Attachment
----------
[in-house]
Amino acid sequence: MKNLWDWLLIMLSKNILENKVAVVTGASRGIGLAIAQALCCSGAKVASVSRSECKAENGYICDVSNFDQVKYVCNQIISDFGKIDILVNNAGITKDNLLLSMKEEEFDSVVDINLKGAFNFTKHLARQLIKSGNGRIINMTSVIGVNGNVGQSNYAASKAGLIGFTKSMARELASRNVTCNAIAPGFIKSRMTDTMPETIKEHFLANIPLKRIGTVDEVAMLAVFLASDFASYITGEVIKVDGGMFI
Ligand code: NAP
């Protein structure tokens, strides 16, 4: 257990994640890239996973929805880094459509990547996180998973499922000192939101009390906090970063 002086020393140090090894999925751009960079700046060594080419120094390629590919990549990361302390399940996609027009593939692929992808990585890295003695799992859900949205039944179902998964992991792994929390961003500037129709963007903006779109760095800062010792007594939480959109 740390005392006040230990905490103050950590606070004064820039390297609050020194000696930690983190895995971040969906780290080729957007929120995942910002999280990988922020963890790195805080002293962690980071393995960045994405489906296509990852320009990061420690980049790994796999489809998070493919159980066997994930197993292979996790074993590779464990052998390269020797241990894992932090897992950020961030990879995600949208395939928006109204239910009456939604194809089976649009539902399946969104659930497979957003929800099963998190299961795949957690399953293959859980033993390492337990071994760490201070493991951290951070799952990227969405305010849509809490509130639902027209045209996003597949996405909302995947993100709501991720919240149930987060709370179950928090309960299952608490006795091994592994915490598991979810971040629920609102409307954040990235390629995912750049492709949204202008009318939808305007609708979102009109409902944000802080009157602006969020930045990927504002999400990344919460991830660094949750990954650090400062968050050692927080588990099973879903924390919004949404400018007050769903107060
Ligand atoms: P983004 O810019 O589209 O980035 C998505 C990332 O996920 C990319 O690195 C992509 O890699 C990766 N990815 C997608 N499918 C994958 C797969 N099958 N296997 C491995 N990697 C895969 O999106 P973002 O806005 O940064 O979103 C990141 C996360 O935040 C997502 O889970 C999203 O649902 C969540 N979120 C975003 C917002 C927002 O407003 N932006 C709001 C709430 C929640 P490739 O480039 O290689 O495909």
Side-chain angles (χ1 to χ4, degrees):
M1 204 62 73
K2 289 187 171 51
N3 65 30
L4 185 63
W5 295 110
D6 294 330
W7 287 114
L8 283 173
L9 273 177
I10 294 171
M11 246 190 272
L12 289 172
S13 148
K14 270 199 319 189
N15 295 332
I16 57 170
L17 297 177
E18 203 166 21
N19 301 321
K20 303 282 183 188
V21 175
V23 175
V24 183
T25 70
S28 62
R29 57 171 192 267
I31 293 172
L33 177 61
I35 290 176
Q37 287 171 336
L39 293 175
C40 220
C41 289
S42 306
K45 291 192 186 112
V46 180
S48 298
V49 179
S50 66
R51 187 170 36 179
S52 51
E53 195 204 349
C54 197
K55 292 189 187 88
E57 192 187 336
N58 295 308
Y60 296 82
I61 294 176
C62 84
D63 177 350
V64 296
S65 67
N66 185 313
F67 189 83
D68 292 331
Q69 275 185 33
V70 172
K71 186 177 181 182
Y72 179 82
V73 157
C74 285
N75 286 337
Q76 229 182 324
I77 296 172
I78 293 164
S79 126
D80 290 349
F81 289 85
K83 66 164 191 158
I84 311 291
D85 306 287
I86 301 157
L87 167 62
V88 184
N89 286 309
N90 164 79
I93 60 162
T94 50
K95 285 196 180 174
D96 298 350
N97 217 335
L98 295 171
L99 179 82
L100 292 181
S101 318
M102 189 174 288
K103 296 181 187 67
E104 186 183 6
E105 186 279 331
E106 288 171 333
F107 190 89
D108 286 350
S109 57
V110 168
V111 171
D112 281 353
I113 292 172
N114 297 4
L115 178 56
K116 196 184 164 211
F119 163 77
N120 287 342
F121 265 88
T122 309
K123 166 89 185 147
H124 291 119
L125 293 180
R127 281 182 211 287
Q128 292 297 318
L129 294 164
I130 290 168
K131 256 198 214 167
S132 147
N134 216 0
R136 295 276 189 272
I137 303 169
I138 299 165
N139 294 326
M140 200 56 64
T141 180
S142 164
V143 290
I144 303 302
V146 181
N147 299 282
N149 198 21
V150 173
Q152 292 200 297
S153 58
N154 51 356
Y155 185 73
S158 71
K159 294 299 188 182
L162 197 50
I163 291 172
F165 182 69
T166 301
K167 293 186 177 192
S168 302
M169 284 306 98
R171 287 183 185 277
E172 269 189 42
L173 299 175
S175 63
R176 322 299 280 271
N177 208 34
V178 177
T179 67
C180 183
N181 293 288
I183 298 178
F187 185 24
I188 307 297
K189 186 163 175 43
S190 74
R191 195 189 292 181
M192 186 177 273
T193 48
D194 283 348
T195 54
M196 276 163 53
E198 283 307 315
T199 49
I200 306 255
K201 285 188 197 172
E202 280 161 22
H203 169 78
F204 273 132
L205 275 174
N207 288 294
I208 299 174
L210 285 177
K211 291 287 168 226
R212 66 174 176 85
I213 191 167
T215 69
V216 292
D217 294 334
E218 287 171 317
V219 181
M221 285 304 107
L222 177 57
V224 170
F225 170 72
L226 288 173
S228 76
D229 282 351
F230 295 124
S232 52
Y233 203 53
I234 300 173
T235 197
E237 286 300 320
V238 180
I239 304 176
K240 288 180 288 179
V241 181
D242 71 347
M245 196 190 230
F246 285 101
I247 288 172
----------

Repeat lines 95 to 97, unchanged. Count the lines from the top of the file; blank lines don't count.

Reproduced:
E105 186 279 331
E106 288 171 333
F107 190 89